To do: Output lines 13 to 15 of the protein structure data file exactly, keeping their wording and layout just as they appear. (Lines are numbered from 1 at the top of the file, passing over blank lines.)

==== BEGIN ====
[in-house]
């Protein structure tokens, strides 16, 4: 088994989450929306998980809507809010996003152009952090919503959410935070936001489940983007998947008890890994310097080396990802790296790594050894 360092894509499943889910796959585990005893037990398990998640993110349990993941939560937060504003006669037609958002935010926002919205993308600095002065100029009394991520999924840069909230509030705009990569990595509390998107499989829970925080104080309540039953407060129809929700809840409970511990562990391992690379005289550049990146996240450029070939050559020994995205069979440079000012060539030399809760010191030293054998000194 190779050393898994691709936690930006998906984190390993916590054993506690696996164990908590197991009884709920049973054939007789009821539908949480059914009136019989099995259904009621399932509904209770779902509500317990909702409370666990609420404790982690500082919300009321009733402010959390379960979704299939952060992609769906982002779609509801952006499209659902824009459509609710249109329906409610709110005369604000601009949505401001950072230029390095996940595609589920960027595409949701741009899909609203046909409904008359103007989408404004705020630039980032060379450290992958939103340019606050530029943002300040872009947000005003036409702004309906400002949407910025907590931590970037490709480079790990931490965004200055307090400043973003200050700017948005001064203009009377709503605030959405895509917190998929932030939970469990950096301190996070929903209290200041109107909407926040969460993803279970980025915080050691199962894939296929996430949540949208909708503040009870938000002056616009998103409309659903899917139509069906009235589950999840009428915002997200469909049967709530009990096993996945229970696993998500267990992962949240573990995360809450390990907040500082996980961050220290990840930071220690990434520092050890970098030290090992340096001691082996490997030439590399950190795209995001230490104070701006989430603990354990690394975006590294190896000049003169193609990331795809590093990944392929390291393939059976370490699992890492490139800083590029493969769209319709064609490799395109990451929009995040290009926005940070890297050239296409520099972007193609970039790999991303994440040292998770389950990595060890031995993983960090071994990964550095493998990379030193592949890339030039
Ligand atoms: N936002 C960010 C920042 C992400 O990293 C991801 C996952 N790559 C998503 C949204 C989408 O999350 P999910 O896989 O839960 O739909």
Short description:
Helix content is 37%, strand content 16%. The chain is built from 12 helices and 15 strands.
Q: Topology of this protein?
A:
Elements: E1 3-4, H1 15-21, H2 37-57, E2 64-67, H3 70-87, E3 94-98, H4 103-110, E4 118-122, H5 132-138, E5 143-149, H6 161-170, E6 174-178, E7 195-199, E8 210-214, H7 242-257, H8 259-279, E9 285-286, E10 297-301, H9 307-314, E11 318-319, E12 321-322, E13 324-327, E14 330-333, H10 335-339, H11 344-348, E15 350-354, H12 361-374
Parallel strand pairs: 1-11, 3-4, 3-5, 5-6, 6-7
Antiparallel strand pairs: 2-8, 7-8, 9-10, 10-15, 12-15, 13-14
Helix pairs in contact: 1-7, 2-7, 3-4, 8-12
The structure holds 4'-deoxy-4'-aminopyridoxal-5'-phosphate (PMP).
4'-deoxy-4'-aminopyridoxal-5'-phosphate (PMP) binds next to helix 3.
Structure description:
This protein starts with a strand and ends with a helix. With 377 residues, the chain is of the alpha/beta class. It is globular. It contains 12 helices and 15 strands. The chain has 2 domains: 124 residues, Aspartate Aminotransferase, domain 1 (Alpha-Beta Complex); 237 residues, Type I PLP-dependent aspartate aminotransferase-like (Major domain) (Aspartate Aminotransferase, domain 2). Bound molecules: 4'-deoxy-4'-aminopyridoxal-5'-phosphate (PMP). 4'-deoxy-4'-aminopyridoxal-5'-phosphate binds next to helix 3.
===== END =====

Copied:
4'-deoxy-4'-aminopyridoxal-5'-phosphate (PMP) binds next to helix 3.
Structure description:
This protein starts with a strand and ends with a helix. With 377 residues, the chain is of the alpha/beta class. It is globular. It contains 12 helices and 15 strands. The chain has 2 domains: 124 residues, Aspartate Aminotransferase, domain 1 (Alpha-Beta Complex); 237 residues, Type I PLP-dependent aspartate aminotransferase-like (Major domain) (Aspartate Aminotransferase, domain 2). Bound molecules: 4'-deoxy-4'-aminopyridoxal-5'-phosphate (PMP). 4'-deoxy-4'-aminopyridoxal-5'-phosphate binds next to helix 3.